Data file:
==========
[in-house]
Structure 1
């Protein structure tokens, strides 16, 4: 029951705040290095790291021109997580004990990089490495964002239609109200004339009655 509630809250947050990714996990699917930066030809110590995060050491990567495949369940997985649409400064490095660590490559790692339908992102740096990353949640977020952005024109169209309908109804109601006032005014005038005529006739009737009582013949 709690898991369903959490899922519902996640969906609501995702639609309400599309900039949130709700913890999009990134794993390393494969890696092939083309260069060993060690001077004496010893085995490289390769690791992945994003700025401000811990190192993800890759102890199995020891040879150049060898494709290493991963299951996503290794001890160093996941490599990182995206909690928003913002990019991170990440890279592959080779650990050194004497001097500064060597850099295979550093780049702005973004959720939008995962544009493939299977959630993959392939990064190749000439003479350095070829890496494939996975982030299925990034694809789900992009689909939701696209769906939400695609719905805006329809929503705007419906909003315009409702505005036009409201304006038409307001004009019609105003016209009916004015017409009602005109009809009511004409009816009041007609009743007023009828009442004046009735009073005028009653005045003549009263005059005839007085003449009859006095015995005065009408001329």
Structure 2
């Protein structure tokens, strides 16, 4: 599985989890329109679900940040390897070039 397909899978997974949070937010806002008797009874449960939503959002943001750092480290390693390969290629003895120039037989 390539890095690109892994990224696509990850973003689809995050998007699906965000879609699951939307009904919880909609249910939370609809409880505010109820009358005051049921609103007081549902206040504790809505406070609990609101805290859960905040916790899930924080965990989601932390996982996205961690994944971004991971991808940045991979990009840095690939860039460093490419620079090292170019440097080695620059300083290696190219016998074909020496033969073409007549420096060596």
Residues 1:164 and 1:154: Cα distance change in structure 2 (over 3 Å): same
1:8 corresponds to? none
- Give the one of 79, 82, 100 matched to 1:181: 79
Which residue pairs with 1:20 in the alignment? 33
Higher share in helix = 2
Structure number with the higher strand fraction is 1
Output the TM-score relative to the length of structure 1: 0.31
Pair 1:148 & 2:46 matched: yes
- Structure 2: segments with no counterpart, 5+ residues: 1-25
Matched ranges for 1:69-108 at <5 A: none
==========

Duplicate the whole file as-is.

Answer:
[in-house]
Structure 1
């Protein structure tokens, strides 16, 4: 029951705040290095790291021109997580004990990089490495964002239609109200004339009655 509630809250947050990714996990699917930066030809110590995060050491990567495949369940997985649409400064490095660590490559790692339908992102740096990353949640977020952005024109169209309908109804109601006032005014005038005529006739009737009582013949 709690898991369903959490899922519902996640969906609501995702639609309400599309900039949130709700913890999009990134794993390393494969890696092939083309260069060993060690001077004496010893085995490289390769690791992945994003700025401000811990190192993800890759102890199995020891040879150049060898494709290493991963299951996503290794001890160093996941490599990182995206909690928003913002990019991170990440890279592959080779650990050194004497001097500064060597850099295979550093780049702005973004959720939008995962544009493939299977959630993959392939990064190749000439003479350095070829890496494939996975982030299925990034694809789900992009689909939701696209769906939400695609719905805006329809929503705007419906909003315009409702505005036009409201304006038409307001004009019609105003016209009916004015017409009602005109009809009511004409009816009041007609009743007023009828009442004046009735009073005028009653005045003549009263005059005839007085003449009859006095015995005065009408001329």
Structure 2
């Protein structure tokens, strides 16, 4: 599985989890329109679900940040390897070039 397909899978997974949070937010806002008797009874449960939503959002943001750092480290390693390969290629003895120039037989 390539890095690109892994990224696509990850973003689809995050998007699906965000879609699951939307009904919880909609249910939370609809409880505010109820009358005051049921609103007081549902206040504790809505406070609990609101805290859960905040916790899930924080965990989601932390996982996205961690994944971004991971991808940045991979990009840095690939860039460093490419620079090292170019440097080695620059300083290696190219016998074909020496033969073409007549420096060596």
Residues 1:164 and 1:154: Cα distance change in structure 2 (over 3 Å): same
1:8 corresponds to? none
- Give the one of 79, 82, 100 matched to 1:181: 79
Which residue pairs with 1:20 in the alignment? 33
Higher share in helix = 2
Structure number with the higher strand fraction is 1
Output the TM-score relative to the length of structure 1: 0.31
Pair 1:148 & 2:46 matched: yes
- Structure 2: segments with no counterpart, 5+ residues: 1-25
Matched ranges for 1:69-108 at <5 A: none